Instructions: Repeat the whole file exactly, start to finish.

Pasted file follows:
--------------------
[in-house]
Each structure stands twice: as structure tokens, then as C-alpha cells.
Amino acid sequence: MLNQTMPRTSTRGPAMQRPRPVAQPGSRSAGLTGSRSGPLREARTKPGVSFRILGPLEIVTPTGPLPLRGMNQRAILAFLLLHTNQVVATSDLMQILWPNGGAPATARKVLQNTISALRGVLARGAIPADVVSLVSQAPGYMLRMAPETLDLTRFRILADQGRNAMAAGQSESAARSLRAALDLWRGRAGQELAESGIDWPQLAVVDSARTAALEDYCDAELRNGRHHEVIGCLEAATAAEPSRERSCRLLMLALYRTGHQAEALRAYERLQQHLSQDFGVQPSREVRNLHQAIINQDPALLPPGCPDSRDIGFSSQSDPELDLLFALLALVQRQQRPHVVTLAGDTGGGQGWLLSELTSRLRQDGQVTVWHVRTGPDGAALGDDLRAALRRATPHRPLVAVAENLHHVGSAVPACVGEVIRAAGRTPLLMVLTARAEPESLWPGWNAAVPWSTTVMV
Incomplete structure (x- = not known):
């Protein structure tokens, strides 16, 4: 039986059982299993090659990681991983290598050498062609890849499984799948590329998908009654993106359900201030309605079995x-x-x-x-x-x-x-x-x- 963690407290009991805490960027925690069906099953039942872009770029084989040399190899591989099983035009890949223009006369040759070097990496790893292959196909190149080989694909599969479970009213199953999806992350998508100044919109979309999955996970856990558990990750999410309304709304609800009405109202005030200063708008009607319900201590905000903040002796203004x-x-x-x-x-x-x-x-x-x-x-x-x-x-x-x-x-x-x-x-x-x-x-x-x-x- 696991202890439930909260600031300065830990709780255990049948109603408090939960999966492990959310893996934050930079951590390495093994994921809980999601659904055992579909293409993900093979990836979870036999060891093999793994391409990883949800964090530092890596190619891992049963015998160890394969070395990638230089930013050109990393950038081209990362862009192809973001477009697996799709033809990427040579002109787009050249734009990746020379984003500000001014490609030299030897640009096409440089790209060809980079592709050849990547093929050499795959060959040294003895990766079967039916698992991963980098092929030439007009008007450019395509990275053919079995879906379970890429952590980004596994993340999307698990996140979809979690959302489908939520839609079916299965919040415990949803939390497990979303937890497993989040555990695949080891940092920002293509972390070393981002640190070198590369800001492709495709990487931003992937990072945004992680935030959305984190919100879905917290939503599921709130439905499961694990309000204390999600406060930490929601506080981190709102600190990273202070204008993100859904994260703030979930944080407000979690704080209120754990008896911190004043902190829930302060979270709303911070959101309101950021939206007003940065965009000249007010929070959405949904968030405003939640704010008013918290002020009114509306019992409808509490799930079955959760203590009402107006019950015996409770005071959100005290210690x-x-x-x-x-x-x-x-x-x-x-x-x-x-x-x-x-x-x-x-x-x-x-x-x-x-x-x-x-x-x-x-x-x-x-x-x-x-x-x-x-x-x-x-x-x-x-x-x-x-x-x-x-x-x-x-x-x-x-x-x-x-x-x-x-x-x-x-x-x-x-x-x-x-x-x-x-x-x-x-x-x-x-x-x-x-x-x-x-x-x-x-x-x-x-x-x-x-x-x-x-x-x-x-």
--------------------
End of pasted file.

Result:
[in-house]
Each structure stands twice: as structure tokens, then as C-alpha cells.
Amino acid sequence: MLNQTMPRTSTRGPAMQRPRPVAQPGSRSAGLTGSRSGPLREARTKPGVSFRILGPLEIVTPTGPLPLRGMNQRAILAFLLLHTNQVVATSDLMQILWPNGGAPATARKVLQNTISALRGVLARGAIPADVVSLVSQAPGYMLRMAPETLDLTRFRILADQGRNAMAAGQSESAARSLRAALDLWRGRAGQELAESGIDWPQLAVVDSARTAALEDYCDAELRNGRHHEVIGCLEAATAAEPSRERSCRLLMLALYRTGHQAEALRAYERLQQHLSQDFGVQPSREVRNLHQAIINQDPALLPPGCPDSRDIGFSSQSDPELDLLFALLALVQRQQRPHVVTLAGDTGGGQGWLLSELTSRLRQDGQVTVWHVRTGPDGAALGDDLRAALRRATPHRPLVAVAENLHHVGSAVPACVGEVIRAAGRTPLLMVLTARAEPESLWPGWNAAVPWSTTVMV
Incomplete structure (x- = not known):
């Protein structure tokens, strides 16, 4: 039986059982299993090659990681991983290598050498062609890849499984799948590329998908009654993106359900201030309605079995x-x-x-x-x-x-x-x-x- 963690407290009991805490960027925690069906099953039942872009770029084989040399190899591989099983035009890949223009006369040759070097990496790893292959196909190149080989694909599969479970009213199953999806992350998508100044919109979309999955996970856990558990990750999410309304709304609800009405109202005030200063708008009607319900201590905000903040002796203004x-x-x-x-x-x-x-x-x-x-x-x-x-x-x-x-x-x-x-x-x-x-x-x-x-x- 696991202890439930909260600031300065830990709780255990049948109603408090939960999966492990959310893996934050930079951590390495093994994921809980999601659904055992579909293409993900093979990836979870036999060891093999793994391409990883949800964090530092890596190619891992049963015998160890394969070395990638230089930013050109990393950038081209990362862009192809973001477009697996799709033809990427040579002109787009050249734009990746020379984003500000001014490609030299030897640009096409440089790209060809980079592709050849990547093929050499795959060959040294003895990766079967039916698992991963980098092929030439007009008007450019395509990275053919079995879906379970890429952590980004596994993340999307698990996140979809979690959302489908939520839609079916299965919040415990949803939390497990979303937890497993989040555990695949080891940092920002293509972390070393981002640190070198590369800001492709495709990487931003992937990072945004992680935030959305984190919100879905917290939503599921709130439905499961694990309000204390999600406060930490929601506080981190709102600190990273202070204008993100859904994260703030979930944080407000979690704080209120754990008896911190004043902190829930302060979270709303911070959101309101950021939206007003940065965009000249007010929070959405949904968030405003939640704010008013918290002020009114509306019992409808509490799930079955959760203590009402107006019950015996409770005071959100005290210690x-x-x-x-x-x-x-x-x-x-x-x-x-x-x-x-x-x-x-x-x-x-x-x-x-x-x-x-x-x-x-x-x-x-x-x-x-x-x-x-x-x-x-x-x-x-x-x-x-x-x-x-x-x-x-x-x-x-x-x-x-x-x-x-x-x-x-x-x-x-x-x-x-x-x-x-x-x-x-x-x-x-x-x-x-x-x-x-x-x-x-x-x-x-x-x-x-x-x-x-x-x-x-x-």